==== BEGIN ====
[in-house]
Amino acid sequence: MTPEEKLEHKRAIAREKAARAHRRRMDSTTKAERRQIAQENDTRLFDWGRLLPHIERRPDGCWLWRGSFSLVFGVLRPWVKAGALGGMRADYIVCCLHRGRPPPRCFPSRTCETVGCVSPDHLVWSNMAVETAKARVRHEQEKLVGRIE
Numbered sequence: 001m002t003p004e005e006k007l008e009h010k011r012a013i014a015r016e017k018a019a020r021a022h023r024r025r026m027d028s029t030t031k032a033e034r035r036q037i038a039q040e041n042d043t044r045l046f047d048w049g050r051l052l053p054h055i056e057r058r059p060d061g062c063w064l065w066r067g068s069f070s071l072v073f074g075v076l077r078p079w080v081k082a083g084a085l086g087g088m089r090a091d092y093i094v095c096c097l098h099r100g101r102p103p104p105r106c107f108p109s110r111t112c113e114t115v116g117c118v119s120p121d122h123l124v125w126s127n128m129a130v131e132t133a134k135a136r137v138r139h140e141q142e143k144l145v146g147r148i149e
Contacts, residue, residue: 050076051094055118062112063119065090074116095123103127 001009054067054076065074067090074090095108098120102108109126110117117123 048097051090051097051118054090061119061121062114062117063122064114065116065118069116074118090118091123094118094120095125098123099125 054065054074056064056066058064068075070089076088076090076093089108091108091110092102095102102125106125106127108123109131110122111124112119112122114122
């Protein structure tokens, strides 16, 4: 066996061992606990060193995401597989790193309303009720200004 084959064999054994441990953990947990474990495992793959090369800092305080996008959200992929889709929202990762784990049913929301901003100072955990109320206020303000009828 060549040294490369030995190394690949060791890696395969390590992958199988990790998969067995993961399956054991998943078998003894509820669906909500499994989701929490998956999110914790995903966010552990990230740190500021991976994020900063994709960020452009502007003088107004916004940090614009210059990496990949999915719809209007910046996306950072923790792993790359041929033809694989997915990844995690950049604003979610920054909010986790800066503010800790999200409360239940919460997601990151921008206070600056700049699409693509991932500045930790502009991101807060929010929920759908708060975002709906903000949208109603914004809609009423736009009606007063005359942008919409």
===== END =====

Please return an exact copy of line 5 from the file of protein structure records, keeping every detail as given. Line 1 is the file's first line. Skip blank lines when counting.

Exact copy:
């Protein structure tokens, strides 16, 4: 066996061992606990060193995401597989790193309303009720200004 084959064999054994441990953990947990474990495992793959090369800092305080996008959200992929889709929202990762784990049913929301901003100072955990109320206020303000009828 060549040294490369030995190394690949060791890696395969390590992958199988990790998969067995993961399956054991998943078998003894509820669906909500499994989701929490998956999110914790995903966010552990990230740190500021991976994020900063994709960020452009502007003088107004916004940090614009210059990496990949999915719809209007910046996306950072923790792993790359041929033809694989997915990844995690950049604003979610920054909010986790800066503010800790999200409360239940919460997601990151921008206070600056700049699409693509991932500045930790502009991101807060929010929920759908708060975002709906903000949208109603914004809609009423736009009606007063005359942008919409």